Children - Bleeding in Pregnancy

If you’ve had bleeding early in your pregnancy, you’re not alone. Many other pregnant women have had early bleeding, too. And in most cases, nothing is wrong. But your health care provider still needs to know about it. He or she may want to do tests to find out why you’re bleeding. Call your health care provider if you notice bleeding during pregnancy.

What causes early bleeding?

The cause of bleeding early in pregnancy is often unknown. But many factors early on in pregnancy may lead to bleeding or spotting, including sexual intercourse, which may cause bleeding in any trimester. Here are some other causes:

  • Implantation of the embryo on the uterine wall

  • Subchorionic hemorrhage (bleeding between the sac membrane and the uterus)

  • Miscarriage

  • Ectopic (tubal) pregnancy

If you notice spotting

Spotting (very light bleeding) is the most common type of bleeding in early pregnancy. If you notice it, call your health care provider. Chances are, he or she will tell you that you can care for yourself at home.


If tests are needed

Depending on how much you bleed, your doctor or other health care provider may ask you to come in for some tests. A pelvic exam, for instance, can help see how far along your pregnancy is. You also may have an ultrasound or a Doppler test. These imaging tests use sound waves to check the health of your fetus. The ultrasound may be done on your belly or inside your vagina. Your doctor also may order a special blood test. This test compares your hormone levels in blood samples taken 2 days apart. The results can help your doctor learn more about the implantation of the embryo. Your blood type will also need to be checked to evaluate whether you will need to be treated for Rh sensitization.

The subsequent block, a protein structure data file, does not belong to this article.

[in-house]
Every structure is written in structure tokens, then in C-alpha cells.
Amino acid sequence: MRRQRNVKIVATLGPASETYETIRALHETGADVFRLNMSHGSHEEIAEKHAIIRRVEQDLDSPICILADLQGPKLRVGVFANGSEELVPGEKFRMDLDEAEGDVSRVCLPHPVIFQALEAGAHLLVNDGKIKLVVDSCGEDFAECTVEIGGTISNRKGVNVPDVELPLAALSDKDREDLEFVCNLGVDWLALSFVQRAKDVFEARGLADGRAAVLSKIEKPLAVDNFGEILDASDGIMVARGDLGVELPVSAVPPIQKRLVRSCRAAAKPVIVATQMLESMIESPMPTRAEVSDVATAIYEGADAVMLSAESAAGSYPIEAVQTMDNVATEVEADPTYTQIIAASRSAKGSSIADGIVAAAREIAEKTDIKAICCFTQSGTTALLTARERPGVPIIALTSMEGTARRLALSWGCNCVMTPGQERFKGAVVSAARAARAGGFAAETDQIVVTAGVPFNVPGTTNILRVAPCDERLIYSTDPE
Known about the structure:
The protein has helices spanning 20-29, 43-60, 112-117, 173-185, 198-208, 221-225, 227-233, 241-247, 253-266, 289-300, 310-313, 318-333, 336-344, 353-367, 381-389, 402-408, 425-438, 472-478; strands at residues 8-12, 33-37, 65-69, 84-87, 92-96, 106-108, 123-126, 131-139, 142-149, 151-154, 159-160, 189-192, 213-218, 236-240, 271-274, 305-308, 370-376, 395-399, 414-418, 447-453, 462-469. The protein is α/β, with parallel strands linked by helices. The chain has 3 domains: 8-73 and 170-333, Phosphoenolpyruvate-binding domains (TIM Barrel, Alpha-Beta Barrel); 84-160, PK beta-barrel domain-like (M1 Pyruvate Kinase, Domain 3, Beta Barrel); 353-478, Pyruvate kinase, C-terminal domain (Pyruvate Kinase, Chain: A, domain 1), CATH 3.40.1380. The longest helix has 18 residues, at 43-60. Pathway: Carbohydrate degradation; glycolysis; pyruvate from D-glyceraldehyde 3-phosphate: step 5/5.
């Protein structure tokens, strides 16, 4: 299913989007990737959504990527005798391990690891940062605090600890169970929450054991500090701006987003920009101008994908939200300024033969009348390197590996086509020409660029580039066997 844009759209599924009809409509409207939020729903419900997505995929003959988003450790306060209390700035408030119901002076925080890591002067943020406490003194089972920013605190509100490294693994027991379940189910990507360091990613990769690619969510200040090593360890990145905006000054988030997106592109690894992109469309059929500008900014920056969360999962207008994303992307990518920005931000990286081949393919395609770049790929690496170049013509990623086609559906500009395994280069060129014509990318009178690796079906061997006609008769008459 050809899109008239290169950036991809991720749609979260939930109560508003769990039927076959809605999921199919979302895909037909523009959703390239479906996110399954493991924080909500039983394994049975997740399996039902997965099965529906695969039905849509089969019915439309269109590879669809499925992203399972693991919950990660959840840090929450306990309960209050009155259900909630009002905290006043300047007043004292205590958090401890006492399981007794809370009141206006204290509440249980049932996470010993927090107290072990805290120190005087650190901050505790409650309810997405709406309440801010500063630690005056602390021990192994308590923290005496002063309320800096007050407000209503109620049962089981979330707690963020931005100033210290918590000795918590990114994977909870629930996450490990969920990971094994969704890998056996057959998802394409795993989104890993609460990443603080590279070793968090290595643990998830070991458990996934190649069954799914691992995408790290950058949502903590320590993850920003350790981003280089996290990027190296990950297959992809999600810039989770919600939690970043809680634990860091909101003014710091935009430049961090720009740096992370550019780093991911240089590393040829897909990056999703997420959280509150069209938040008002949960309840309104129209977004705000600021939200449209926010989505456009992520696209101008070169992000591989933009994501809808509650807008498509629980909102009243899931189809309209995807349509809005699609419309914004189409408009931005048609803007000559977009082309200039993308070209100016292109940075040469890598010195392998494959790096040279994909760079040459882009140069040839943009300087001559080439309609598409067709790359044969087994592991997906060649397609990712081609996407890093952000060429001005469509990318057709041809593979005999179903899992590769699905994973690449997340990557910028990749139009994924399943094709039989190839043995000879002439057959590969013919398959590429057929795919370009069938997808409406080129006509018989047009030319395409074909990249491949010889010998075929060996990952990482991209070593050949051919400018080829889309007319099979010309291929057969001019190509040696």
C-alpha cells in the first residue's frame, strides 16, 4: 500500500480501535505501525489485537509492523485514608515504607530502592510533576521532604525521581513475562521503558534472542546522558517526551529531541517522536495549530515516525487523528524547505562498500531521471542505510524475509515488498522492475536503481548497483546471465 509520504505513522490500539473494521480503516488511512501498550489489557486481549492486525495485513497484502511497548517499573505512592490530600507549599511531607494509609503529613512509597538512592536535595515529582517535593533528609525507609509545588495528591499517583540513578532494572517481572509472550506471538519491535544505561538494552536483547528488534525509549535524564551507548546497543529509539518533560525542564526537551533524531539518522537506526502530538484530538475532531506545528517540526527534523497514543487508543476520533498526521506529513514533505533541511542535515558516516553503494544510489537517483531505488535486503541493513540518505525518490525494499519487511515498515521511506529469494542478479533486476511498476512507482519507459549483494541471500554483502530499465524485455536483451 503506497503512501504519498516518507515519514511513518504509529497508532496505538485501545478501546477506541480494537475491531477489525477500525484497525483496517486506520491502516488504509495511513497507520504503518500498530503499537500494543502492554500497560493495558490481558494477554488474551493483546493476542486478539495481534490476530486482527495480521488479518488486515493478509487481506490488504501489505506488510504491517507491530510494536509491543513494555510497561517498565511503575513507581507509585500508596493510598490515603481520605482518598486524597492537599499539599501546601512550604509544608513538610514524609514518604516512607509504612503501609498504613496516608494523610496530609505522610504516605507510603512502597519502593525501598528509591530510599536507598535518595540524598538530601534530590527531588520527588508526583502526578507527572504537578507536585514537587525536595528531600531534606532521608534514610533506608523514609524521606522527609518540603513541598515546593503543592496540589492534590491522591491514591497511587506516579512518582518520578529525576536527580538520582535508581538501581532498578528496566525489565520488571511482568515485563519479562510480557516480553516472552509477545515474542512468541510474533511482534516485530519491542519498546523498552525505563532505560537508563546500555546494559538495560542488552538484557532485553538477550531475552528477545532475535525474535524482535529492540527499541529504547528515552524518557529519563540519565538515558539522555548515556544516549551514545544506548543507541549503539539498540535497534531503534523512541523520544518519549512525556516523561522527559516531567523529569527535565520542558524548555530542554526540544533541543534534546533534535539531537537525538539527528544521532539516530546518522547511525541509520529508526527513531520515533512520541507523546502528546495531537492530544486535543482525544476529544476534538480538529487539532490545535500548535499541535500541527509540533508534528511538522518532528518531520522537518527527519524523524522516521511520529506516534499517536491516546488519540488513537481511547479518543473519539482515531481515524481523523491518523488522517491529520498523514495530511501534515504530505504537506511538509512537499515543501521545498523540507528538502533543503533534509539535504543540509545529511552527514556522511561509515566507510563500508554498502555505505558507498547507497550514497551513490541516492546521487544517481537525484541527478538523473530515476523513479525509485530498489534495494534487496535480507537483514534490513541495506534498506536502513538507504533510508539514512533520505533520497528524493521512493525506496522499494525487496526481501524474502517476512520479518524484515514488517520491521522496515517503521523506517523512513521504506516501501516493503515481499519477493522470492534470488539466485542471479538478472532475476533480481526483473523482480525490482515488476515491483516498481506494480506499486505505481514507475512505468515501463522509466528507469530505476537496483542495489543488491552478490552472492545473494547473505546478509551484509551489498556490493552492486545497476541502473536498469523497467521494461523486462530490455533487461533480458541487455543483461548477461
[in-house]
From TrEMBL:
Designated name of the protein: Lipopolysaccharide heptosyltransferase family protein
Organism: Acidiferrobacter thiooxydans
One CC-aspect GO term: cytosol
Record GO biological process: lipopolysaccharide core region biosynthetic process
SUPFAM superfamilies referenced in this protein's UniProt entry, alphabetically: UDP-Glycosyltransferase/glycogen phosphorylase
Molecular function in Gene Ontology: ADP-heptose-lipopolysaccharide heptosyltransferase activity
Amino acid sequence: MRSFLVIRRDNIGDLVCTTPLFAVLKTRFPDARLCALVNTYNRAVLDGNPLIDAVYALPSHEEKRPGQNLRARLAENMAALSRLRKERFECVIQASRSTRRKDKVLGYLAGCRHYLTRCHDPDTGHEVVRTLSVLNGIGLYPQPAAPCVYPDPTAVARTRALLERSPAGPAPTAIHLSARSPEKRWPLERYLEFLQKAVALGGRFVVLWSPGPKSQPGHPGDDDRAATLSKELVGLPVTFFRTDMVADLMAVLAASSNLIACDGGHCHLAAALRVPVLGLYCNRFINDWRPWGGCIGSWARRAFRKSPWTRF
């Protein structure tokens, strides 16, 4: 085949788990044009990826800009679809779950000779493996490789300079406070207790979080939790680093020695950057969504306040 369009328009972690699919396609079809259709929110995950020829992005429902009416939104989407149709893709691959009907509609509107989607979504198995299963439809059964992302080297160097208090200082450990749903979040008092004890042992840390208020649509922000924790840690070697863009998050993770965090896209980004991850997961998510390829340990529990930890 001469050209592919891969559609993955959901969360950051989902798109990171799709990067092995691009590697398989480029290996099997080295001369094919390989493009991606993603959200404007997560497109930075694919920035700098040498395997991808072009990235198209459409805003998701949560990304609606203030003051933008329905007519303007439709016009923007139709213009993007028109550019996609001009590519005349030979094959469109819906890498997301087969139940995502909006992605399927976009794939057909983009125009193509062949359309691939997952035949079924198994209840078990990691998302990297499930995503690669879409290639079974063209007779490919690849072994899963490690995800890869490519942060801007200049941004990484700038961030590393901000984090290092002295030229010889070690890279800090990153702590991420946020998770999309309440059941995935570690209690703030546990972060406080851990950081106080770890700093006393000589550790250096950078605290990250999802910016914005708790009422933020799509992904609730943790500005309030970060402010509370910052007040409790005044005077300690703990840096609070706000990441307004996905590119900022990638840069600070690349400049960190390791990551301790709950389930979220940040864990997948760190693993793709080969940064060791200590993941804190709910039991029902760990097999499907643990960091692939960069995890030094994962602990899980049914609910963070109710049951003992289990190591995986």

Warning signs

If your bleeding doesn’t stop or if you notice any of the following, seek  medical help right away:

  • Soaking a sanitary pad each hour

  • Bleeding like you’re having a period

  • Cramping or severe abdominal pain

  • Feeling dizzy or faint

  • Tissue passing through your vagina

  • Bleeding at any time after the first trimester

Questions you may be asked

Though not normal, bleeding early in pregnancy is common. If you’ve noticed any bleeding, you may be concerned. But keep in mind that bleeding alone doesn’t mean something is wrong. Call your health care provider right away, though. He or she may ask you questions like these to help find the cause of your bleeding:

  • When did your bleeding start?

  • Is your bleeding very light (spotting) or is it like a period?

  • Is the blood bright red or brownish?

  • Have you had sexual intercourse recently?

  • Have you had pain or cramping?

  • Have you felt dizzy or faint?

Monitoring your pregnancy

Bleeding will often stop as quickly as it began. Your pregnancy may go on a normal path again. You may need to make a few extra prenatal visits. But you and your baby will most likely be fine.

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